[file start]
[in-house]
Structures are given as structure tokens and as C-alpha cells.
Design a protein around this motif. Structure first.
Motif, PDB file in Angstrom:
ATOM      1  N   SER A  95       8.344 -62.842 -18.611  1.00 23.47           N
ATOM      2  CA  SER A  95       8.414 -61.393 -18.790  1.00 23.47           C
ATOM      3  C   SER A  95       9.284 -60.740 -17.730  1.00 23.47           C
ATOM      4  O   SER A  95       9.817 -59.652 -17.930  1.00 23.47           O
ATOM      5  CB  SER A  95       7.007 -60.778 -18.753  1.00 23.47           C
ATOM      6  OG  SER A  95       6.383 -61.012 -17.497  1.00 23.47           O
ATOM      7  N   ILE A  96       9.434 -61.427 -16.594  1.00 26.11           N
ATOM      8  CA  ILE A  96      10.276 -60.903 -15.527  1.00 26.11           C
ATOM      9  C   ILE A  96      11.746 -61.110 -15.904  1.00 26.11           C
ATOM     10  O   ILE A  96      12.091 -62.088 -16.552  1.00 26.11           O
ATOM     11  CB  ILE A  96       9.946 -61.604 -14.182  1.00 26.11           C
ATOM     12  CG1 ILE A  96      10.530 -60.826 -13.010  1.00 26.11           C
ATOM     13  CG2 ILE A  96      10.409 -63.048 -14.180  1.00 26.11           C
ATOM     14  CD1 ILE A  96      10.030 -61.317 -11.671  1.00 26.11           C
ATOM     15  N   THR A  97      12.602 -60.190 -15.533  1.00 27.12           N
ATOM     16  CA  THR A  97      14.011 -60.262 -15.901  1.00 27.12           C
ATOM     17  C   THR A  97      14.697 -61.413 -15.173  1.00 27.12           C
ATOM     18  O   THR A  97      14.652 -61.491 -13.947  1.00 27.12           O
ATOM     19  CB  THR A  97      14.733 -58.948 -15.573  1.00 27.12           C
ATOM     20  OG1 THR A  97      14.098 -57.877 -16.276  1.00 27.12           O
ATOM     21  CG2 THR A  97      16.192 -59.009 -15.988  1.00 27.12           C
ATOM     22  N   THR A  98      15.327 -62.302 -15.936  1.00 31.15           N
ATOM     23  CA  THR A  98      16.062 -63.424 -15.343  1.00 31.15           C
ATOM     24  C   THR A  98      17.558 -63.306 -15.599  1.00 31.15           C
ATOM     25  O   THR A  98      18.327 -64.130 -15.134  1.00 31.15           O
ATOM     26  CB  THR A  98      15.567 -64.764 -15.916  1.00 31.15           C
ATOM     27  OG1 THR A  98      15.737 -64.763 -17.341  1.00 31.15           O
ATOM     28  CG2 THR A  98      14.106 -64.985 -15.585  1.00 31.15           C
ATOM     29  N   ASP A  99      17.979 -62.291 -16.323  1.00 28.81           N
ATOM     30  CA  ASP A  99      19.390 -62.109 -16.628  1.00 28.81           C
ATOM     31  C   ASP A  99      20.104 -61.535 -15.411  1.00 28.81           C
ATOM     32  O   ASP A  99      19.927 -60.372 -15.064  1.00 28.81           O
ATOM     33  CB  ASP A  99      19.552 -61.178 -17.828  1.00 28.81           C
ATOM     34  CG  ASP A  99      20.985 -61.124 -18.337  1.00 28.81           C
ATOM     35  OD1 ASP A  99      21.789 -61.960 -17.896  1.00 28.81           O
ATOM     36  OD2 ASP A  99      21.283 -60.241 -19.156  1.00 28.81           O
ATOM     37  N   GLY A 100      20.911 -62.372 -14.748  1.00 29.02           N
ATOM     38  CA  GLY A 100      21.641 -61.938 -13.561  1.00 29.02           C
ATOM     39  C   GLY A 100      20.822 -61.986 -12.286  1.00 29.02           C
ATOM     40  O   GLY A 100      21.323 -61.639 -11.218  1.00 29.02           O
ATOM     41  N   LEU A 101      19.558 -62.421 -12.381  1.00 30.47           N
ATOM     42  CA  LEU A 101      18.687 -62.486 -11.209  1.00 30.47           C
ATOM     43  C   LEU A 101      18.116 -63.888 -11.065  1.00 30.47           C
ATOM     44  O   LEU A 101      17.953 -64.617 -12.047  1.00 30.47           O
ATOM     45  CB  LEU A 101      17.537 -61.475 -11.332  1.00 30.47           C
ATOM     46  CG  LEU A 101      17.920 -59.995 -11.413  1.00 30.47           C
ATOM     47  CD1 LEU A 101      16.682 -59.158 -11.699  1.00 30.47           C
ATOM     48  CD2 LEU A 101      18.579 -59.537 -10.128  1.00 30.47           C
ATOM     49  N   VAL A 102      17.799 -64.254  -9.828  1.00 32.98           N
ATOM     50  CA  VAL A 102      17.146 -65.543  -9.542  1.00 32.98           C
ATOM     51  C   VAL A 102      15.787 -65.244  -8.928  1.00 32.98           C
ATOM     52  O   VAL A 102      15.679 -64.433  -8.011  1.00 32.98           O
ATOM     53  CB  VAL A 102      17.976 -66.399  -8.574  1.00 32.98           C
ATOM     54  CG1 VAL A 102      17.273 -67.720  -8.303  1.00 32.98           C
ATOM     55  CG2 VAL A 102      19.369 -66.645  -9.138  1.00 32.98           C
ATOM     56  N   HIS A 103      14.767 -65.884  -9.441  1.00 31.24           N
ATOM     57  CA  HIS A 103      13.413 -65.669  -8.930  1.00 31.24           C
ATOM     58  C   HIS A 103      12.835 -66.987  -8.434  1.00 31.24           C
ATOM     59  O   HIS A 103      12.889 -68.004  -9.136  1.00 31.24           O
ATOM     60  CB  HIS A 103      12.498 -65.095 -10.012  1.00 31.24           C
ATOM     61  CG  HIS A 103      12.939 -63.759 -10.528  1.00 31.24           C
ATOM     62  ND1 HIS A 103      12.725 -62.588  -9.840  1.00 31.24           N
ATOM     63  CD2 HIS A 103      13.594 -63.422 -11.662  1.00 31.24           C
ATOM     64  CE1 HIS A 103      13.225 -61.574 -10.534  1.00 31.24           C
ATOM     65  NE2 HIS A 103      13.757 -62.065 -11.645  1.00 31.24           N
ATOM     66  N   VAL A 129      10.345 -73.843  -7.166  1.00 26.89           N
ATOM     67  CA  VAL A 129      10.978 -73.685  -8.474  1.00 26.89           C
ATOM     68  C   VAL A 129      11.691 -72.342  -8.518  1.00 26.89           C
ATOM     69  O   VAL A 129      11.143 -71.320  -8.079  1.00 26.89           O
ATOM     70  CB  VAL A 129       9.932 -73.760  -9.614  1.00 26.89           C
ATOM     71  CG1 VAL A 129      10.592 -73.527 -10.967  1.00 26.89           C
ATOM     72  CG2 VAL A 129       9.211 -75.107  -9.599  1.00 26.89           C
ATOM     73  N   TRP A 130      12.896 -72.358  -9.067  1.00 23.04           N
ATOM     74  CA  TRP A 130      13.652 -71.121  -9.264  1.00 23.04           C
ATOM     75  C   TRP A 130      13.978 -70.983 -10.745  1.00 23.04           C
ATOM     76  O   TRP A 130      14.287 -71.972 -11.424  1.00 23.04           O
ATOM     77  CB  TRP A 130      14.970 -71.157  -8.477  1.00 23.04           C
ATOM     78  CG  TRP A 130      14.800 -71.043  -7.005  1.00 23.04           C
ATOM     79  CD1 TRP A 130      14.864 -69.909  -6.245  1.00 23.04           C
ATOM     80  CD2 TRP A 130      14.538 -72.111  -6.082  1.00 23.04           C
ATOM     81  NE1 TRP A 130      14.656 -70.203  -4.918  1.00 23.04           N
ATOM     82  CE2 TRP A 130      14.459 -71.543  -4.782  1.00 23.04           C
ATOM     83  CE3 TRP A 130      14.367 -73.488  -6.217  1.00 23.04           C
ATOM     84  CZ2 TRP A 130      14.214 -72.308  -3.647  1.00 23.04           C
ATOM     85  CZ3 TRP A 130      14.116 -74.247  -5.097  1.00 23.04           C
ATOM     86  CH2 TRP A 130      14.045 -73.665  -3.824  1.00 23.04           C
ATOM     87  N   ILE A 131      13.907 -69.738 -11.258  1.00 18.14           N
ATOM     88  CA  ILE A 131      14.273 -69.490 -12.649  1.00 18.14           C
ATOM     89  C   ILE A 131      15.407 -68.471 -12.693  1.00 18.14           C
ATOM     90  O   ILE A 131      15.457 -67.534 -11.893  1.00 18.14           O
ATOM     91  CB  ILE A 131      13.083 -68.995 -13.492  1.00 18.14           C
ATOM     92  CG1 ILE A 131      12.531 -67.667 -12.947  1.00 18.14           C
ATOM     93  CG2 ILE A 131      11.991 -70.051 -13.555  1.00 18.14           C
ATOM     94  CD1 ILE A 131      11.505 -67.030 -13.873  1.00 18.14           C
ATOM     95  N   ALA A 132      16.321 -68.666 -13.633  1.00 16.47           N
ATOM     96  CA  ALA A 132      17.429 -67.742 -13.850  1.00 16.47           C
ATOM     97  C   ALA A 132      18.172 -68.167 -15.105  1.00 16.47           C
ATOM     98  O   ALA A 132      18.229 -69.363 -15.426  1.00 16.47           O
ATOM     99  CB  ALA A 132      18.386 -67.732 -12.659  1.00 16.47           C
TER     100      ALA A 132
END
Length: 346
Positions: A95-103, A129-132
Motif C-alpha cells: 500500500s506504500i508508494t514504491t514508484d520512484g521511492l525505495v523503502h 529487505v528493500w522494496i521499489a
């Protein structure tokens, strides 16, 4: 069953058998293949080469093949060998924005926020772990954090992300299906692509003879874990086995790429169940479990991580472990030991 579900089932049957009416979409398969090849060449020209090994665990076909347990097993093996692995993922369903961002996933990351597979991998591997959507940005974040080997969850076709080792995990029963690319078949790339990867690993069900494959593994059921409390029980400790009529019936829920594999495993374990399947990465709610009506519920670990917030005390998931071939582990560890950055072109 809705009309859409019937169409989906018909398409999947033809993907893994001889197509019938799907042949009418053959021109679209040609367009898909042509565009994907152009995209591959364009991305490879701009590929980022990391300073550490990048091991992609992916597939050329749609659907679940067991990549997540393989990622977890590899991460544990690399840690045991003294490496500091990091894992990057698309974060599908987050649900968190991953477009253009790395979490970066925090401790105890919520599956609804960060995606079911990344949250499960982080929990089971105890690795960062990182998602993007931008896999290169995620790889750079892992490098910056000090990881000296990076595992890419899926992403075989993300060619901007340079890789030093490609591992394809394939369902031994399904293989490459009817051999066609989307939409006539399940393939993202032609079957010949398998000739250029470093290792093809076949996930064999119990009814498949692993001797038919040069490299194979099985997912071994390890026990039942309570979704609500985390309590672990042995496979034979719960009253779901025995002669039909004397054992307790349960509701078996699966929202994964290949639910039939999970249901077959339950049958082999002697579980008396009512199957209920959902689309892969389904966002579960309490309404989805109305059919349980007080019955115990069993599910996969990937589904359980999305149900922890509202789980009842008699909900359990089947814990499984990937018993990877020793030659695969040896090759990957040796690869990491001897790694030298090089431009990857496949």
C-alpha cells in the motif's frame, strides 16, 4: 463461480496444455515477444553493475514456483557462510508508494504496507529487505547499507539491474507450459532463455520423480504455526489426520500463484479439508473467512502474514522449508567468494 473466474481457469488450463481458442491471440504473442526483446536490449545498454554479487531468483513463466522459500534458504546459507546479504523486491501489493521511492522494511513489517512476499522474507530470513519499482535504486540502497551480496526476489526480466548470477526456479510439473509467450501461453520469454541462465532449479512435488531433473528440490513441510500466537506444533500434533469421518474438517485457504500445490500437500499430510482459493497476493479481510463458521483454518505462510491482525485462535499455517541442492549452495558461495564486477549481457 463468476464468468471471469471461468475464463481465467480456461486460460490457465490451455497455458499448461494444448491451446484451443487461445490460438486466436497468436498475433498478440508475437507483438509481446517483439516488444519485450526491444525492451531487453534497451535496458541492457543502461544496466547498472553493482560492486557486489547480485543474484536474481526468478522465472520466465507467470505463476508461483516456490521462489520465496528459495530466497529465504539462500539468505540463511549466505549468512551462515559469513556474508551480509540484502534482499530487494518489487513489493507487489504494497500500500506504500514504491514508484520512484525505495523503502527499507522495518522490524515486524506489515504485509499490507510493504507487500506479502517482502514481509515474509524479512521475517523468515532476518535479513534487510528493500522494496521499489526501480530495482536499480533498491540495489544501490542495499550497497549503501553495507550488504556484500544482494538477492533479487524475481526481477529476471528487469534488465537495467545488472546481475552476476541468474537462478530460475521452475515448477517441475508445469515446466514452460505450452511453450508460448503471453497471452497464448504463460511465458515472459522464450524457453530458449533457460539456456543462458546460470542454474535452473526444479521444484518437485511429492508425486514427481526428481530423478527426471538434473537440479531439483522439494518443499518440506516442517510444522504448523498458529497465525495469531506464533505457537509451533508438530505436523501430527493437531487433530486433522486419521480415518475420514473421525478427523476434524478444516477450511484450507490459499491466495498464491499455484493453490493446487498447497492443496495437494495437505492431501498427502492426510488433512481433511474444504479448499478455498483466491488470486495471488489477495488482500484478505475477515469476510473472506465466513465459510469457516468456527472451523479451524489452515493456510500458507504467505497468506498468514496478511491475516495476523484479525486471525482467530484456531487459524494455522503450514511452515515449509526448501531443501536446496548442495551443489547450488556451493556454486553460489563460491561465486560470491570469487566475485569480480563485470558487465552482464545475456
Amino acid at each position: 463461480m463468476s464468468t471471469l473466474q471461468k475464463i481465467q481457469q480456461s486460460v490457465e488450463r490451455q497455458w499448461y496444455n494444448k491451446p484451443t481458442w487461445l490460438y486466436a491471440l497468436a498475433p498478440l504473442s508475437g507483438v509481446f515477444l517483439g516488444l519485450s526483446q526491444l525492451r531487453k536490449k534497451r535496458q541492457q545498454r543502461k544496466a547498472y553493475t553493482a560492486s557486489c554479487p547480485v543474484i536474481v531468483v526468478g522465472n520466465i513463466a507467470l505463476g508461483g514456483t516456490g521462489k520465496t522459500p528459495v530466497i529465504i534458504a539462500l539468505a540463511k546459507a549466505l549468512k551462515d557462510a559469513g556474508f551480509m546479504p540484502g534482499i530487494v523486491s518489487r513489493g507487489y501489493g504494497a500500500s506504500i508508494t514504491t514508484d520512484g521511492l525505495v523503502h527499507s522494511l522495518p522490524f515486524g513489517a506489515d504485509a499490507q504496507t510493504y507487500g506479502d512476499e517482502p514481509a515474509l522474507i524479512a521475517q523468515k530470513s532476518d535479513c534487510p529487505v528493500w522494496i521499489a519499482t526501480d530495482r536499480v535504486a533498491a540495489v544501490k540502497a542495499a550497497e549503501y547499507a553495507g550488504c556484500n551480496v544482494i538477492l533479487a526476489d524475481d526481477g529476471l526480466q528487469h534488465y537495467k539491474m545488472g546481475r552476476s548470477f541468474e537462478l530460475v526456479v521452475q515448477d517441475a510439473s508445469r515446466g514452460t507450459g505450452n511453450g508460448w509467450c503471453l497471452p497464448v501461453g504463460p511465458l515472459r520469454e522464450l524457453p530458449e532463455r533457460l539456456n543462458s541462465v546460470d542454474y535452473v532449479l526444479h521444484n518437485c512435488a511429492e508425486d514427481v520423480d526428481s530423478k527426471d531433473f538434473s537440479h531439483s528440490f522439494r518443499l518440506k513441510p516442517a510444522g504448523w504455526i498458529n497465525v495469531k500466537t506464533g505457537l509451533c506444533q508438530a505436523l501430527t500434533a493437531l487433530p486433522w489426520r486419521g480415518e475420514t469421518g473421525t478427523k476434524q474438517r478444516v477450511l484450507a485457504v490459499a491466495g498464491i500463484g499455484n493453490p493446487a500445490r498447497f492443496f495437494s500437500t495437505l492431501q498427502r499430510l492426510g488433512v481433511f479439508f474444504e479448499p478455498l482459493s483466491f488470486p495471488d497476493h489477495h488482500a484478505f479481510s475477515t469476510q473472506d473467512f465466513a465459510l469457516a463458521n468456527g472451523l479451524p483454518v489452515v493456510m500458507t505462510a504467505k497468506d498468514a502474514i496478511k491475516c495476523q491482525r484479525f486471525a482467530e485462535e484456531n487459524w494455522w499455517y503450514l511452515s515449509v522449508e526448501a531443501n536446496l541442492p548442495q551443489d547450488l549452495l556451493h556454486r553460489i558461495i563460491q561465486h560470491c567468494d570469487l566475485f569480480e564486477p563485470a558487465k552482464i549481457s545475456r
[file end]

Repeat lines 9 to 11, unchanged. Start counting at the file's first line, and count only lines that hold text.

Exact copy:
ATOM      5  CB  SER A  95       7.007 -60.778 -18.753  1.00 23.47           C
ATOM      6  OG  SER A  95       6.383 -61.012 -17.497  1.00 23.47           O
ATOM      7  N   ILE A  96       9.434 -61.427 -16.594  1.00 26.11           N